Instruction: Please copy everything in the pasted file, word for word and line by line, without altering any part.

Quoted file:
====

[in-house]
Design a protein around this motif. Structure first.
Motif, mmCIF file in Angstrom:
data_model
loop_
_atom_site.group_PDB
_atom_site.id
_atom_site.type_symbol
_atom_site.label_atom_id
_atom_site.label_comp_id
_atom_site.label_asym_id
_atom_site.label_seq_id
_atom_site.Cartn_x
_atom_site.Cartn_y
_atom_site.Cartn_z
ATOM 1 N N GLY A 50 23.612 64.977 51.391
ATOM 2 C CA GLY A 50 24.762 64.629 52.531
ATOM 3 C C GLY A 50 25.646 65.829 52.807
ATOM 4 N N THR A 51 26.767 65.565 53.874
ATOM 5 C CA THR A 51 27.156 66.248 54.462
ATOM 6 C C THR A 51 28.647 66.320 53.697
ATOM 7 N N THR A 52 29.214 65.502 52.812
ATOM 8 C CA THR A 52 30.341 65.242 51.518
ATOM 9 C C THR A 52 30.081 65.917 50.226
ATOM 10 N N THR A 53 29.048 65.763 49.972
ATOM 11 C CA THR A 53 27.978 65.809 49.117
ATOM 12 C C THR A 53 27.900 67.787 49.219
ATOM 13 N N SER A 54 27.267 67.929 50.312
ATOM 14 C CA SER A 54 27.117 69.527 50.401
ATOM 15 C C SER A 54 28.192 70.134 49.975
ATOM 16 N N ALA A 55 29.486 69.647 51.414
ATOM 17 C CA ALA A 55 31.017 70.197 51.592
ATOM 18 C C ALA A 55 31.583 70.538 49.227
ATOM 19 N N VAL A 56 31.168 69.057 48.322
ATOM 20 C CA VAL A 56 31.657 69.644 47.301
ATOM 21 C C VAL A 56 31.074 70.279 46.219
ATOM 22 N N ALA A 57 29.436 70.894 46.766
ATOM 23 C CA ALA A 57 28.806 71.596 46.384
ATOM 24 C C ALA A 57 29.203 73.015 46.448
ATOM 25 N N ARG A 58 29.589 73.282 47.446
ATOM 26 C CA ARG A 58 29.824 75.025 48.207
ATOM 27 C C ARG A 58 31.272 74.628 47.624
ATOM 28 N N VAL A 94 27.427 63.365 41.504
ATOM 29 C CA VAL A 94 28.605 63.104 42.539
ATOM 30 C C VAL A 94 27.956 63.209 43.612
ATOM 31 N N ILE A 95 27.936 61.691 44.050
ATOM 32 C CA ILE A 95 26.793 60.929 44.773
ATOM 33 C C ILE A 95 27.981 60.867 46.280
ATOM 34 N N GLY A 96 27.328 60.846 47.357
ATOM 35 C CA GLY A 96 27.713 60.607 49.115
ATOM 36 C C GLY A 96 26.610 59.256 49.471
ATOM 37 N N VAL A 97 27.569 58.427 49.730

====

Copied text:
[in-house]
Design a protein around this motif. Structure first.
Motif, mmCIF file in Angstrom:
data_model
loop_
_atom_site.group_PDB
_atom_site.id
_atom_site.type_symbol
_atom_site.label_atom_id
_atom_site.label_comp_id
_atom_site.label_asym_id
_atom_site.label_seq_id
_atom_site.Cartn_x
_atom_site.Cartn_y
_atom_site.Cartn_z
ATOM 1 N N GLY A 50 23.612 64.977 51.391
ATOM 2 C CA GLY A 50 24.762 64.629 52.531
ATOM 3 C C GLY A 50 25.646 65.829 52.807
ATOM 4 N N THR A 51 26.767 65.565 53.874
ATOM 5 C CA THR A 51 27.156 66.248 54.462
ATOM 6 C C THR A 51 28.647 66.320 53.697
ATOM 7 N N THR A 52 29.214 65.502 52.812
ATOM 8 C CA THR A 52 30.341 65.242 51.518
ATOM 9 C C THR A 52 30.081 65.917 50.226
ATOM 10 N N THR A 53 29.048 65.763 49.972
ATOM 11 C CA THR A 53 27.978 65.809 49.117
ATOM 12 C C THR A 53 27.900 67.787 49.219
ATOM 13 N N SER A 54 27.267 67.929 50.312
ATOM 14 C CA SER A 54 27.117 69.527 50.401
ATOM 15 C C SER A 54 28.192 70.134 49.975
ATOM 16 N N ALA A 55 29.486 69.647 51.414
ATOM 17 C CA ALA A 55 31.017 70.197 51.592
ATOM 18 C C ALA A 55 31.583 70.538 49.227
ATOM 19 N N VAL A 56 31.168 69.057 48.322
ATOM 20 C CA VAL A 56 31.657 69.644 47.301
ATOM 21 C C VAL A 56 31.074 70.279 46.219
ATOM 22 N N ALA A 57 29.436 70.894 46.766
ATOM 23 C CA ALA A 57 28.806 71.596 46.384
ATOM 24 C C ALA A 57 29.203 73.015 46.448
ATOM 25 N N ARG A 58 29.589 73.282 47.446
ATOM 26 C CA ARG A 58 29.824 75.025 48.207
ATOM 27 C C ARG A 58 31.272 74.628 47.624
ATOM 28 N N VAL A 94 27.427 63.365 41.504
ATOM 29 C CA VAL A 94 28.605 63.104 42.539
ATOM 30 C C VAL A 94 27.956 63.209 43.612
ATOM 31 N N ILE A 95 27.936 61.691 44.050
ATOM 32 C CA ILE A 95 26.793 60.929 44.773
ATOM 33 C C ILE A 95 27.981 60.867 46.280
ATOM 34 N N GLY A 96 27.328 60.846 47.357
ATOM 35 C CA GLY A 96 27.713 60.607 49.115
ATOM 36 C C GLY A 96 26.610 59.256 49.471
ATOM 37 N N VAL A 97 27.569 58.427 49.730